Republicans could blow this Senate seat, again

(DoD photo by Mass Communication Specialist 1st Class Chad J. McNeeley/Released)

The Briefing, Vol. VII, Issue 17

This week:

  • Biden’s target vote
  • Bentley for Senate? Republicans cringe
  • Kansas abortion ruling may prompt backlash

Governor 2019

Kentucky: Yes, it’s his own poll, but the survey showing Attorney General Andy Beshear, D, as the prohibitive frontrunner for the Democratic nomination for governor is probably credible.

Democrats are chomping at the bit to face Gov. Matt Bevin, R, because he is weak. His confrontation with the state’s teachers’ unions has dramatically harmed his re-election chances. Don’t count Bevin out — he was the underdog when he won in 2015 — but count him down.

Governor 2020

West Virginia: Sen. Joe Manchin keeps talking about running for governor, and it’s gotten to the point that he has to be taken seriously. His reasons are not hard to fathom — in Washington, he is caught between his conservative constituents and his party leadership. In West Virginia, he can lead his state party and do as he likes.

Manchin’s seat will likely go Republican whenever it opens up. A Manchin victory for governor could bring that about two years early, so it’s worth keeping in back of one’s mind.

President 2020

Arizona: President Trump’s team recognizes early on that Arizona could potentially be a problem in 2020. It’s a state where Trump underperformed, and where the Republican candidate for Senate lost in 2018. With appointed Sen. Marthy McSally, R, on the ballot again in 2020, and Trump absolutely needing the state’s 11 electoral votes to win, the RNC is pouring resources into the state already, 18 months before the general election.

This is fitting. Arizona, not Texas, has always been the first shoe waiting to drop in the Southwest in terms of turning from Red to Blue — among other things, its Hispanic population is much more Democratic than are Hispanics are in Texas.

In 2016, Republicans believed that Hillary Clinton was on pace to win Arizona right up until James Comey announced that the FBI had reopened its investigation into her email server.

Biden: Former Vice President Joe Biden is in the race, of course. He doesn’t have President Obama’s endorsement, but he has his own dedicated moderate lane in the race.

This might cause you to wonder why he has hired the radical Symone Sanders, a former Bernie Sanders (no relation) press secretary who habitually appears on cable television to blame white people and whiteness for all of the world’s problems.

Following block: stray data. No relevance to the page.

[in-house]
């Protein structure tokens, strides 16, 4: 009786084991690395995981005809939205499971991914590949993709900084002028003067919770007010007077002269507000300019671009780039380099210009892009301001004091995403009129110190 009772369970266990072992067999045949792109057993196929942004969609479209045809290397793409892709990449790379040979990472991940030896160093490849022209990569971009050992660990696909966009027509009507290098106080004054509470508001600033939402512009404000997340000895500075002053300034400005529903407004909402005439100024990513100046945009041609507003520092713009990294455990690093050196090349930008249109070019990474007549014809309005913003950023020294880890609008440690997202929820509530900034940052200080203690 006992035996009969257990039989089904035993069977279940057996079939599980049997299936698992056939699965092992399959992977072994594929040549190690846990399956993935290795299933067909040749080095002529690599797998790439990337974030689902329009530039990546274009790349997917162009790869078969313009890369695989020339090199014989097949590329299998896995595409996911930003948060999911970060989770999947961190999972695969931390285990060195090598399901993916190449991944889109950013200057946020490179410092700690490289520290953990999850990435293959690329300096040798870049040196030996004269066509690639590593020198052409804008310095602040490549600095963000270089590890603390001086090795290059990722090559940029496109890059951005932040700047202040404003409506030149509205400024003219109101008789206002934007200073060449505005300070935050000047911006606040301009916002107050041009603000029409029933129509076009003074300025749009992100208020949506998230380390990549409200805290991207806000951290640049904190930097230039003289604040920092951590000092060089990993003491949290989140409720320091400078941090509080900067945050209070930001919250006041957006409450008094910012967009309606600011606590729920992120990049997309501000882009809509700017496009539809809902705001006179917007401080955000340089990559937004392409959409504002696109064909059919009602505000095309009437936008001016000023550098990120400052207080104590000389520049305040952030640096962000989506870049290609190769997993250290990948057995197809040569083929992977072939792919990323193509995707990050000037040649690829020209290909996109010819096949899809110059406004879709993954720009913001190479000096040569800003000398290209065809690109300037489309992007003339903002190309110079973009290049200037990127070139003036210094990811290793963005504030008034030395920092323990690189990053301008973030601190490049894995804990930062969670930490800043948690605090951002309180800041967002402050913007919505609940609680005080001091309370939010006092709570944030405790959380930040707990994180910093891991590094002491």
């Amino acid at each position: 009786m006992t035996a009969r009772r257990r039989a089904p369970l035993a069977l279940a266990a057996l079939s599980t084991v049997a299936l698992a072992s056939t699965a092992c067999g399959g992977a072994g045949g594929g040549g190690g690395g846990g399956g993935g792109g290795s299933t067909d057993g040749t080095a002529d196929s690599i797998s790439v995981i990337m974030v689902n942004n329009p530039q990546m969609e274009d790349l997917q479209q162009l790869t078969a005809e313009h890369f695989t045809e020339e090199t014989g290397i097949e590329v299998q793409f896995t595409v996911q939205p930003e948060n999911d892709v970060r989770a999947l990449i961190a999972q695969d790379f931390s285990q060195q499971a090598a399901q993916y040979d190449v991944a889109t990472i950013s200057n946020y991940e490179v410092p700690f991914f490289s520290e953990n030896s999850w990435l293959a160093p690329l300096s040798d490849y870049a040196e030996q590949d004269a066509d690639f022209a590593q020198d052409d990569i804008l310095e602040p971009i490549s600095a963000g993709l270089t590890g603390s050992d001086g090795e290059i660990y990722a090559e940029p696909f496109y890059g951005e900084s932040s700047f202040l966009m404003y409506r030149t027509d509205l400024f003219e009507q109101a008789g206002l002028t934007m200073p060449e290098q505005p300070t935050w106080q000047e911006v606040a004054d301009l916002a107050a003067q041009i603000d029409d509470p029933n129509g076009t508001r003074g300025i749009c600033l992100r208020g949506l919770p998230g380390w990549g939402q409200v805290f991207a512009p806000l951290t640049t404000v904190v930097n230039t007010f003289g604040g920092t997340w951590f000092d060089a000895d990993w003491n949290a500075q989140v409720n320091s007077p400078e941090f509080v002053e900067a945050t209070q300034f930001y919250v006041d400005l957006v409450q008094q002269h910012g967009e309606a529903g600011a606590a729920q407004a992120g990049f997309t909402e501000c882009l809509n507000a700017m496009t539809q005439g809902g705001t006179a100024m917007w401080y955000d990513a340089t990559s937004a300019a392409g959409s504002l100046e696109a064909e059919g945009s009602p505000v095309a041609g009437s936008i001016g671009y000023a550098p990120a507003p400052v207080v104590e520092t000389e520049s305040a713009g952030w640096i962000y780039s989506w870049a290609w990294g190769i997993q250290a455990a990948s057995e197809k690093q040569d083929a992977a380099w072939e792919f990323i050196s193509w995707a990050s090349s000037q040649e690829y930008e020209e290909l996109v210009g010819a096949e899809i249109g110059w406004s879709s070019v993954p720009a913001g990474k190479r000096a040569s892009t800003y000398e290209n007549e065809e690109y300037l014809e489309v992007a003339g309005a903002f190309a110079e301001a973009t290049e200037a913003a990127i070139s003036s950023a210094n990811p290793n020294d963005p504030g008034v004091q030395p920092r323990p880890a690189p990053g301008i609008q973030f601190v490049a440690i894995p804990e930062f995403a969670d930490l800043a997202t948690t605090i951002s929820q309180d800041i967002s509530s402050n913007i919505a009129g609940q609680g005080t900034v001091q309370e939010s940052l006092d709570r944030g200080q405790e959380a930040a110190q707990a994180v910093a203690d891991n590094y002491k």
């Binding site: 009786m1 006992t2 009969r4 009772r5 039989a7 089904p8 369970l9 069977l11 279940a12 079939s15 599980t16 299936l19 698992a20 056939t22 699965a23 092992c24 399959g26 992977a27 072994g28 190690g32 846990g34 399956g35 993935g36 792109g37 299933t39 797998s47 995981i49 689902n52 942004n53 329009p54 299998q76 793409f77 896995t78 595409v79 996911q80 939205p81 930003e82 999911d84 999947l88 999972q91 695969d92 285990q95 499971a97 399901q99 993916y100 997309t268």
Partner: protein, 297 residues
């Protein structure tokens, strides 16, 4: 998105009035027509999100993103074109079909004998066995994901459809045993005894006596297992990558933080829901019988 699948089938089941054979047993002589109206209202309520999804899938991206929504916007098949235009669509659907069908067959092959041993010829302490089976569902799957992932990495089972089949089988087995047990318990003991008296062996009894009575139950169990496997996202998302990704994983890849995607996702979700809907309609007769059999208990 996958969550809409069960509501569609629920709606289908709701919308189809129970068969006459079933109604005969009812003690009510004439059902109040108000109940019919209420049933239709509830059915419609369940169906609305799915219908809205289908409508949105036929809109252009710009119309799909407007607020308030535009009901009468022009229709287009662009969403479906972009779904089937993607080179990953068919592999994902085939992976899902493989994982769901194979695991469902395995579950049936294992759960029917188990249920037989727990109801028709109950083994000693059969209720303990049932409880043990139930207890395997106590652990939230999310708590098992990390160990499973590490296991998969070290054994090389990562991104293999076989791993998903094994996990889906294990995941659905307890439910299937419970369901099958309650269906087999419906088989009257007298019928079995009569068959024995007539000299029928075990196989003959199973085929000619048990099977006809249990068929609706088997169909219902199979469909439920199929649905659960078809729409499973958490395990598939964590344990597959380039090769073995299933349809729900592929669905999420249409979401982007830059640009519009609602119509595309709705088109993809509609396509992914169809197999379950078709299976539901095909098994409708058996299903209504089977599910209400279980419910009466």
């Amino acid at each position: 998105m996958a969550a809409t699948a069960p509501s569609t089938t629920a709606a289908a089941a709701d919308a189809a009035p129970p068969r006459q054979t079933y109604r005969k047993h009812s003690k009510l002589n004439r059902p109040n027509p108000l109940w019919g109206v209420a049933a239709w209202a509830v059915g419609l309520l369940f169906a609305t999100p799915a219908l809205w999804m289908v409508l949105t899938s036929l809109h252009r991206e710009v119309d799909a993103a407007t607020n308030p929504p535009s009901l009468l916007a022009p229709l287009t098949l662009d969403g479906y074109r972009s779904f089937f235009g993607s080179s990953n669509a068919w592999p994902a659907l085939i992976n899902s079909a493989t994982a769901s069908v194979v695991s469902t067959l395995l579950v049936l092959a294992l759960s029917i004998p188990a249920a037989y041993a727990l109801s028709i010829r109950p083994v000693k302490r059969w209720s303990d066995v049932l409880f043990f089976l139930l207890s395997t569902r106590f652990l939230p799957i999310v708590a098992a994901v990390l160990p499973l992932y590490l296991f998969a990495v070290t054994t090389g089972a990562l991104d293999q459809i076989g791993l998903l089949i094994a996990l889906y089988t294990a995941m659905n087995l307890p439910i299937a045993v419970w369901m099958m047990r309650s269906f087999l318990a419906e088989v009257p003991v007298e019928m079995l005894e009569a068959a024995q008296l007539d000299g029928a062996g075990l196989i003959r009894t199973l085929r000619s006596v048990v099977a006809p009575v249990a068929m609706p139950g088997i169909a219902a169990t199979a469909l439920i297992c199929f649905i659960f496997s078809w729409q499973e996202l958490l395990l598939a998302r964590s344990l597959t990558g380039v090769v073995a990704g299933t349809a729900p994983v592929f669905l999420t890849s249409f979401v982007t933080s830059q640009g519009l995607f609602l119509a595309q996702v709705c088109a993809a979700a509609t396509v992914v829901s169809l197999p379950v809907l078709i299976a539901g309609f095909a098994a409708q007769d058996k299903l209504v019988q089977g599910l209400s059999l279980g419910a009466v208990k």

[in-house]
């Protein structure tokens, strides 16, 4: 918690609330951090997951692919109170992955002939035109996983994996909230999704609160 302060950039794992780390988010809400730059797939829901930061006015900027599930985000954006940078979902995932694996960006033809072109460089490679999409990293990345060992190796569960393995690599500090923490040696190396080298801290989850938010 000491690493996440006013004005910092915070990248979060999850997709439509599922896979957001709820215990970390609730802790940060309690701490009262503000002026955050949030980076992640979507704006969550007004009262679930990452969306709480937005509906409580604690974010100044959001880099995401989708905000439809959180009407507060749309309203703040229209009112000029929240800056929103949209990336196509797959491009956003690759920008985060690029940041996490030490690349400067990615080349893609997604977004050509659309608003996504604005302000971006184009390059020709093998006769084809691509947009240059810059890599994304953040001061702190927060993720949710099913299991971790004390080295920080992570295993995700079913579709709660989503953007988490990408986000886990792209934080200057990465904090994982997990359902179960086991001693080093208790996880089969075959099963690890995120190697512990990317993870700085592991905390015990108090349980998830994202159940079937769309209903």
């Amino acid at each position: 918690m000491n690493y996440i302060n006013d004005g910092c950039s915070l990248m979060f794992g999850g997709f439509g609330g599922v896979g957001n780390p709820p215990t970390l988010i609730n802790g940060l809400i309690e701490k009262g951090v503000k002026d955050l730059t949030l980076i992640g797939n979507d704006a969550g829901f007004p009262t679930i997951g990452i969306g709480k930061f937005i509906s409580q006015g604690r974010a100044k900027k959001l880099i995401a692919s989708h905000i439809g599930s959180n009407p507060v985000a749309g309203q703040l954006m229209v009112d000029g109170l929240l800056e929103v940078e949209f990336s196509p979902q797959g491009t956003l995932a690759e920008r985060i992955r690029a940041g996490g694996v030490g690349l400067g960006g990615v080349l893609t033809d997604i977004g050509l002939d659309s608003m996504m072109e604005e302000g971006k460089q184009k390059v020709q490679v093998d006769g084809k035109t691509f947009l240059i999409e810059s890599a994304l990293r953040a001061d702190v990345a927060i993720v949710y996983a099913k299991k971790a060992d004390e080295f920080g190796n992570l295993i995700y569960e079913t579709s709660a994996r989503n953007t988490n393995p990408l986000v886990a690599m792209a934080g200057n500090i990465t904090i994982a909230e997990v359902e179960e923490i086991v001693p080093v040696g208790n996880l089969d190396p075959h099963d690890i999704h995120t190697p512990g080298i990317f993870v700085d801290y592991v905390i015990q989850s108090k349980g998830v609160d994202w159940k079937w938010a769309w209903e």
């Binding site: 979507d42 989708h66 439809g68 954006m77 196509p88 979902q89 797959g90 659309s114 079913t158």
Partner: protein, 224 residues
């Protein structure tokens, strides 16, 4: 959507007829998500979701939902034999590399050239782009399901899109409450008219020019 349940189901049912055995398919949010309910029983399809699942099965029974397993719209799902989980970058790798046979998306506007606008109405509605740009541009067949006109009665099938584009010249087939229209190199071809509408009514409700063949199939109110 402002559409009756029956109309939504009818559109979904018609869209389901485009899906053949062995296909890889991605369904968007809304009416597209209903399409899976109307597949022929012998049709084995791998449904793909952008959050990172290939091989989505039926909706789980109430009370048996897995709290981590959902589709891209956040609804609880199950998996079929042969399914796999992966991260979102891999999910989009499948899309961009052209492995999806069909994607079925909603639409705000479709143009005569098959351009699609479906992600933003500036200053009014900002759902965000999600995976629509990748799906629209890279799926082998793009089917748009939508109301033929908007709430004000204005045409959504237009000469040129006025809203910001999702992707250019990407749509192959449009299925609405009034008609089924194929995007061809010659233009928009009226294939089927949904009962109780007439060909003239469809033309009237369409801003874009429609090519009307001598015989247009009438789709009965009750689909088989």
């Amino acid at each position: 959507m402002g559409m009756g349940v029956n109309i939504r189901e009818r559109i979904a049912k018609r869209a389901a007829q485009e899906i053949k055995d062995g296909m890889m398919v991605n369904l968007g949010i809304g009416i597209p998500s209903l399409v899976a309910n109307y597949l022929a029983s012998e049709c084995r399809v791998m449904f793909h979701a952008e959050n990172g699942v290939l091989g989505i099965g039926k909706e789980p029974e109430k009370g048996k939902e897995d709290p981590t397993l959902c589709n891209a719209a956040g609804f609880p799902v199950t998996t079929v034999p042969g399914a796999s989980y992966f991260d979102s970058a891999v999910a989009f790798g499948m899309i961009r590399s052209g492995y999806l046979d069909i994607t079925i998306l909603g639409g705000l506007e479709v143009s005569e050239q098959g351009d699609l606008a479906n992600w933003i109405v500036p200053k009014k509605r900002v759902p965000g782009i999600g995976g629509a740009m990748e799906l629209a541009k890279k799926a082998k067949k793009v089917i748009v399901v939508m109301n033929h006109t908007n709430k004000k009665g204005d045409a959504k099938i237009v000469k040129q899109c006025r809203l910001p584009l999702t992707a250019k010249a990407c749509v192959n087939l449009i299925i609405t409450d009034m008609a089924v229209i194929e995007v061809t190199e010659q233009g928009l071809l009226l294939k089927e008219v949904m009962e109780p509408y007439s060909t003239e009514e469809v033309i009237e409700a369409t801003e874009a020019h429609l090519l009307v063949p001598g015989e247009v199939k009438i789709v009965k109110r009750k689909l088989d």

You may wonder why someone like Biden, whose moderation should be his greatest advantage, would hire someone so filled with cynicism, racial animus and hostility toward even Biden himself. Two issues. First, his problem is that the Left doesn’t want to see him overcome a crowded field. They still want blood for Anita Hill.

Second, Biden’s moderation strategy requires heavy black support. Conservatives may think of blacks as liberal voters, but the fact is they are the moderates tethering the Democratic Party to reality at the moment. The party’s white urban core is pulling it to the left, but its black plurality is requiring a continued focus on economic over social issues and on practical populism over socialism.

Even though he served as President Obama’s vice president, Biden cannot take black support for granted in a race where at least two other credible black candidates are running.

Meanwhile, there’s one other, much smaller faction within the Democratic Party that is rooting for Biden: The moderate members of Congress who were elected in 2018 to Red-leaning seats. For these members, Hotline’s Ally Mutnick noted, Biden is a non-toxic leader at the top of the ticket. In contrast, a Sanders candidacy could create unpredictable and chaotic clashes of messaging that could prove fatal for many Democrats’ chances.

Moulton: Yes, but will Rep. Seth Moulton, D-Mass, run for president this year? That’s a question that no one has ever asked. The congressman joined the Democrats’ already-crowded field and frankly, we doubt that most people will ever hear about it. Perhaps running for president is just on some people’s bucket list.

Senate 2020

Alabama: Former Gov. Robert Bentley, R, was forced to resign in disgrace two years ago, but that doesn’t mean he’ll rule out running for Senate. This doesn’t mean he’ll actually do it, but Alabama Republicans have to feel a bit queasy about the possibility that the two most unelectable men in their state — he and former Supreme Court Chief Justice Roy Moore — could conceivably make a runoff for the GOP nomination in a crowded primary based on name recognition.

Kansas: Former Rep. Nancy Boyda, D, is supposed to make a decision about running for Senate within the next two months. She would be among the stronger possible Democratic candidates, but she reportedly recognizes that she would have long odds.

Still, the political dynamic in Kansas may change radically as a result of an event last week. The Kansas Supreme Court’s rather preposterous ruling last week that the state constitution’s guarantee of a right to “life, liberty and the pursuit of happiness” requires late-term dismemberment abortions to be legal could create a voter backlash.

Meanwhile, the Trump White House is meeting with some potential Republican candidates to replace the retiring Sen. Pat Roberts, R.